Classification: Bathing areas are classified in one of four categories namely ‘Excellent’, ‘Good’, ‘Sufficient’ or ‘Poor’.  The minimum mandatory requirement is for ‘Sufficient’ quality.  Any waters graded as ‘Poor’ require that management measures be put in place to identify and eliminate the sources of pollution.

Assessment: Bathing Waters are classified based on a statistical assessment of monitoring data over a four-year period.
Bathing at sites classified as having ‘Poor’ water quality: The fact that any bathing water has been classified as ‘Poor’ means that there is a risk of microbiological pollution being present which could potentially cause illness such as skin rashes or gastric upset.  Under the Bathing Water Regulations, local authorities are required to put in place notifications for the entire bathing season advising the public against bathing.  This could include a bathing prohibition if a serious pollution incident occurs.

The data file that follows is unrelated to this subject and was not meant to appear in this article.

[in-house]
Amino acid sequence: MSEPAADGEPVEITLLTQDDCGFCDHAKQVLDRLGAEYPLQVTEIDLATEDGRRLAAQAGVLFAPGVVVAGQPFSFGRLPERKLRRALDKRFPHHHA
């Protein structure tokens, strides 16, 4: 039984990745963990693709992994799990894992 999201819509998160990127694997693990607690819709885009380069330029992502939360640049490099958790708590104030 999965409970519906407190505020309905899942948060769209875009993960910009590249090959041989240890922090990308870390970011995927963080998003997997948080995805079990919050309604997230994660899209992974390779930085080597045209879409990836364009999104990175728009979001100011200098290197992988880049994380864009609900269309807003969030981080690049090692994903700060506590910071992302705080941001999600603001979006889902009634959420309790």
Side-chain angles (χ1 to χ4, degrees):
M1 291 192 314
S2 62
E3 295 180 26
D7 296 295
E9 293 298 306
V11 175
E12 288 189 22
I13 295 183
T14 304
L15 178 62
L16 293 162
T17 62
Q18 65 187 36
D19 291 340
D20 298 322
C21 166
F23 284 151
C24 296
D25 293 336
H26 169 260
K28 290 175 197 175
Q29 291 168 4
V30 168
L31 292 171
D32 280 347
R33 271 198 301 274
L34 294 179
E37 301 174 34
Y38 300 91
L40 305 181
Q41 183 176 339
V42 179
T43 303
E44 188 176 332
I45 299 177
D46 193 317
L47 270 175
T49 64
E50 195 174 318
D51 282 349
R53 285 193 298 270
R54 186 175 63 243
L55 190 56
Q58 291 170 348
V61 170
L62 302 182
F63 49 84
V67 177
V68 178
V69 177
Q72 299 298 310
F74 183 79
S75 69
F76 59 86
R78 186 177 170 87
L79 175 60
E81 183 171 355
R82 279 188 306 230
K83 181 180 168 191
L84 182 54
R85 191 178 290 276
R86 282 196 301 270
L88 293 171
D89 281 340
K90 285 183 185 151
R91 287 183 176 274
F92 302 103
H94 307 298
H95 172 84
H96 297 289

Pollution incident: A pollution incident is an incident that has the potential to cause the bathing water quality to deteriorate, for example when there is a stormwater overflow from a waste water treatment plant, or when sampling identifies a pollution risk. A precautionary approach is taken when reporting incidents, meaning that not all incidents result in a deterioration in the bathing water quality. This approach is taken to protect bathers’ health. When a pollution incident occurs, local authorities apply a swimming restriction at the bathing water. The restriction stays in place until water sampling shows that the water quality has returned to normal.

Prior Warning: Prior Warnings (also known as ‘Short-Term Pollution’) are used in a precautionary approach to protect bathers’ health by advising the public of possible short-term pollution events which usually last for only a few days at most. These are used by many local authorities when heavy rainfall is forecast.

The Bathing Water Expert Group chaired by the Department of Housing, Local Government and Heritage is undertaking work to examine how the bathers’ health can be better protected outside the bathing season.